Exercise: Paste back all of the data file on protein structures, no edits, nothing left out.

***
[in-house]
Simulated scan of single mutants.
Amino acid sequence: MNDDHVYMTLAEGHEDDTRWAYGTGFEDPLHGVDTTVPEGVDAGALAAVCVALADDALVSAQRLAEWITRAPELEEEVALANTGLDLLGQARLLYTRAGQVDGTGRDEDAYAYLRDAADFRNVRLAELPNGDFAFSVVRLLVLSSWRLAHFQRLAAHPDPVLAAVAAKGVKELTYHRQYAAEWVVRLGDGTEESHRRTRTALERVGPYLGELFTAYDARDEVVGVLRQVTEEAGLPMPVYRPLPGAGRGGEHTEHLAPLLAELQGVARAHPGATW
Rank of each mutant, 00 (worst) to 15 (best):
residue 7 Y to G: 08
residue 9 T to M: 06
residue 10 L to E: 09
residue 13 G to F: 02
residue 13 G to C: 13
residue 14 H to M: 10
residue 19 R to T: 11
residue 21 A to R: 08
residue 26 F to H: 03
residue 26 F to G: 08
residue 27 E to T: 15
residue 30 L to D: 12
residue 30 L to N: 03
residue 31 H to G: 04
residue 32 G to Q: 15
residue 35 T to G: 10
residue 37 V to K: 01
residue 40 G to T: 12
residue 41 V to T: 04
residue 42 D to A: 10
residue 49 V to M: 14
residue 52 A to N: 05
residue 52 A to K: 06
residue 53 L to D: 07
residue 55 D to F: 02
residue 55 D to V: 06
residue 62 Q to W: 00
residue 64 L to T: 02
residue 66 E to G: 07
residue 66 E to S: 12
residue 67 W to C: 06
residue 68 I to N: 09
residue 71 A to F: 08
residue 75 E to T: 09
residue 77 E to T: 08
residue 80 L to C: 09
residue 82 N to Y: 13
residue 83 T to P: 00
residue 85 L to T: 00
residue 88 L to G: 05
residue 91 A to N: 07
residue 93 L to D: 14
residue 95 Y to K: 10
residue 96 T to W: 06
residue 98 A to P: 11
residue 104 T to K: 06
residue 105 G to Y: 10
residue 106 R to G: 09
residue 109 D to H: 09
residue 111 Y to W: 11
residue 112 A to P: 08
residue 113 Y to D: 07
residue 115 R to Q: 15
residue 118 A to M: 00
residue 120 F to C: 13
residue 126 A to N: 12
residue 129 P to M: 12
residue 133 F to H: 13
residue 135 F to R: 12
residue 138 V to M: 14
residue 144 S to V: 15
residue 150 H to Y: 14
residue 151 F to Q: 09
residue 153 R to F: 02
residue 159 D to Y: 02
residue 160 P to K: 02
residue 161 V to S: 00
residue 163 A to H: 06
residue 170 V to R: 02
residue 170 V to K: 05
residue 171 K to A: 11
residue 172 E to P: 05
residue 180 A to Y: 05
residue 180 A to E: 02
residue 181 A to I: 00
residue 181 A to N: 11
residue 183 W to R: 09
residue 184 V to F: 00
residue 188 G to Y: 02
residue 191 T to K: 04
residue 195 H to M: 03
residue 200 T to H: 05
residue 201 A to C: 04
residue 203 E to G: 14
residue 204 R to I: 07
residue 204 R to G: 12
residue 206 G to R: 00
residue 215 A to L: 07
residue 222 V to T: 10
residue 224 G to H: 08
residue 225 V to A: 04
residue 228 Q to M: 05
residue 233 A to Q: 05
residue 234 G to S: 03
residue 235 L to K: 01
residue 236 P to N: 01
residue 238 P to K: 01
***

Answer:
[in-house]
Simulated scan of single mutants.
Amino acid sequence: MNDDHVYMTLAEGHEDDTRWAYGTGFEDPLHGVDTTVPEGVDAGALAAVCVALADDALVSAQRLAEWITRAPELEEEVALANTGLDLLGQARLLYTRAGQVDGTGRDEDAYAYLRDAADFRNVRLAELPNGDFAFSVVRLLVLSSWRLAHFQRLAAHPDPVLAAVAAKGVKELTYHRQYAAEWVVRLGDGTEESHRRTRTALERVGPYLGELFTAYDARDEVVGVLRQVTEEAGLPMPVYRPLPGAGRGGEHTEHLAPLLAELQGVARAHPGATW
Rank of each mutant, 00 (worst) to 15 (best):
residue 7 Y to G: 08
residue 9 T to M: 06
residue 10 L to E: 09
residue 13 G to F: 02
residue 13 G to C: 13
residue 14 H to M: 10
residue 19 R to T: 11
residue 21 A to R: 08
residue 26 F to H: 03
residue 26 F to G: 08
residue 27 E to T: 15
residue 30 L to D: 12
residue 30 L to N: 03
residue 31 H to G: 04
residue 32 G to Q: 15
residue 35 T to G: 10
residue 37 V to K: 01
residue 40 G to T: 12
residue 41 V to T: 04
residue 42 D to A: 10
residue 49 V to M: 14
residue 52 A to N: 05
residue 52 A to K: 06
residue 53 L to D: 07
residue 55 D to F: 02
residue 55 D to V: 06
residue 62 Q to W: 00
residue 64 L to T: 02
residue 66 E to G: 07
residue 66 E to S: 12
residue 67 W to C: 06
residue 68 I to N: 09
residue 71 A to F: 08
residue 75 E to T: 09
residue 77 E to T: 08
residue 80 L to C: 09
residue 82 N to Y: 13
residue 83 T to P: 00
residue 85 L to T: 00
residue 88 L to G: 05
residue 91 A to N: 07
residue 93 L to D: 14
residue 95 Y to K: 10
residue 96 T to W: 06
residue 98 A to P: 11
residue 104 T to K: 06
residue 105 G to Y: 10
residue 106 R to G: 09
residue 109 D to H: 09
residue 111 Y to W: 11
residue 112 A to P: 08
residue 113 Y to D: 07
residue 115 R to Q: 15
residue 118 A to M: 00
residue 120 F to C: 13
residue 126 A to N: 12
residue 129 P to M: 12
residue 133 F to H: 13
residue 135 F to R: 12
residue 138 V to M: 14
residue 144 S to V: 15
residue 150 H to Y: 14
residue 151 F to Q: 09
residue 153 R to F: 02
residue 159 D to Y: 02
residue 160 P to K: 02
residue 161 V to S: 00
residue 163 A to H: 06
residue 170 V to R: 02
residue 170 V to K: 05
residue 171 K to A: 11
residue 172 E to P: 05
residue 180 A to Y: 05
residue 180 A to E: 02
residue 181 A to I: 00
residue 181 A to N: 11
residue 183 W to R: 09
residue 184 V to F: 00
residue 188 G to Y: 02
residue 191 T to K: 04
residue 195 H to M: 03
residue 200 T to H: 05
residue 201 A to C: 04
residue 203 E to G: 14
residue 204 R to I: 07
residue 204 R to G: 12
residue 206 G to R: 00
residue 215 A to L: 07
residue 222 V to T: 10
residue 224 G to H: 08
residue 225 V to A: 04
residue 228 Q to M: 05
residue 233 A to Q: 05
residue 234 G to S: 03
residue 235 L to K: 01
residue 236 P to N: 01
residue 238 P to K: 01